President Obama sang a few lines from “Sweet Home Chicago” with blues greats B.B. King and Buddy Guy Tuesday night during a performance at the White House. Post music critic Chris Richards asked, “Had the White House ever felt more like a roadhouse” and went on to describe the event.
It was the latest (also: the loudest, wildest, most dynamic, most exciting) in a series of semi-regular concerts hosted by first lady Michelle Obama celebrating the American songbook.
Previous performances in the series have saluted the music of the civil rights era, Motown and Broadway, as well as jazz, country (twice), classical and Latin music. Now, to mark Black History Month, the Obamas honored the blues, arguably the most influential of any American musical genre.
Performers included King, Guy, Mick Jagger and Jeff Beck. Jagger tweeted about his tour of the White House and posted a pair of photos, writes reporter David Nakamura.
The Rolling Stones’ frontman posted a message stating that he “had first rehearsal at #whitehouse today and had a lovely tour of the West Wing.” In another message, he wrote that Obama listened to a few of the practice tunes and appeared “really relaxed and happy.”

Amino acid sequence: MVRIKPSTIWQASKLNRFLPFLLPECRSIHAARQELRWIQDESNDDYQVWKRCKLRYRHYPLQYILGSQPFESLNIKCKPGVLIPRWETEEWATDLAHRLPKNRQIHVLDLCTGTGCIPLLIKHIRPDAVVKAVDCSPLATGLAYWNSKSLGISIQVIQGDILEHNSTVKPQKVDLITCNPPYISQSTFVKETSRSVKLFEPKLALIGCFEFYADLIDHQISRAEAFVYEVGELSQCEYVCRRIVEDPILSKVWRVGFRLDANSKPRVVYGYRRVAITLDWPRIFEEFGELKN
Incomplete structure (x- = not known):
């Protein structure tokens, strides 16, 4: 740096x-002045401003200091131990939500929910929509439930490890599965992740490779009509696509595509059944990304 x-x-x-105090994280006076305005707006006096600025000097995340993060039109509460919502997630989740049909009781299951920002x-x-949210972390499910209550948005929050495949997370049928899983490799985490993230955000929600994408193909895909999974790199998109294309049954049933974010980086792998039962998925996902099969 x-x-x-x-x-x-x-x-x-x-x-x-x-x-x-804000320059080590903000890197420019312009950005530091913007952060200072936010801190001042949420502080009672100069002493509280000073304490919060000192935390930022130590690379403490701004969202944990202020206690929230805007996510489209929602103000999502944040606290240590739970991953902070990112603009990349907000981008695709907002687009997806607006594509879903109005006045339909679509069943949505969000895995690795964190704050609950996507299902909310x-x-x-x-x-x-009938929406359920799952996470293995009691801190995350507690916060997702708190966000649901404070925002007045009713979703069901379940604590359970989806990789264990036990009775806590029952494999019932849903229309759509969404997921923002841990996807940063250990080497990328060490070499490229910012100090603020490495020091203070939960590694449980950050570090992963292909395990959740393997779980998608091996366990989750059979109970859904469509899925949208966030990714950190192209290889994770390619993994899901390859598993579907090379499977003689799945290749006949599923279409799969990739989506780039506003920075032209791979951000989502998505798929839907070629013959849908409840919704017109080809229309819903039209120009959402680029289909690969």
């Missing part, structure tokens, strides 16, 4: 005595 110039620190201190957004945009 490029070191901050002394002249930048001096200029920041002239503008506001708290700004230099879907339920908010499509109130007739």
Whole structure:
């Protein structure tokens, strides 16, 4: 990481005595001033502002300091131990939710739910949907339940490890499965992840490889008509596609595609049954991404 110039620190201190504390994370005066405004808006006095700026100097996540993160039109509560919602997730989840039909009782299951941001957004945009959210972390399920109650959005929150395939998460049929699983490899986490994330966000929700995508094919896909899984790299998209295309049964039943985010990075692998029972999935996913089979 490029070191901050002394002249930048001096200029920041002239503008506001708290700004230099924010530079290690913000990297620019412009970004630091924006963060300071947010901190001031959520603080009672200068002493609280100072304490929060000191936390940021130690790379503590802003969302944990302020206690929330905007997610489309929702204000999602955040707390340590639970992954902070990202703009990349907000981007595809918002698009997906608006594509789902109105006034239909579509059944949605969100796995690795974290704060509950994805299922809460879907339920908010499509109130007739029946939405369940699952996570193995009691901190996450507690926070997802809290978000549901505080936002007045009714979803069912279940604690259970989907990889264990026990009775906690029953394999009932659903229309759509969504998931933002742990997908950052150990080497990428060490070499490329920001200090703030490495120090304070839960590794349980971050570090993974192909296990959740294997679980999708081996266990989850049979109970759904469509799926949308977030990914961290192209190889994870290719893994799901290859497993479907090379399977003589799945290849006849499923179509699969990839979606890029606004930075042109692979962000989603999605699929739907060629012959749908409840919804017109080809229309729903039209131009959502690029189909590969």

In the Style blog, Maura Judkis asks who the president should sing with next and points out the need to be careful when selecting a song.
He also has to consider the message of the lyrics of whatever he sings — for example, though the Temptations’ “Ain’t Too Proud to Beg,” and Marvin Gaye’s ”What’s Going On” are two of the best Motown songs of all time, they wouldn’t be appropriate for a politician seeking reelection. He could avoid controversy by sticking to love songs, and serenading Michelle.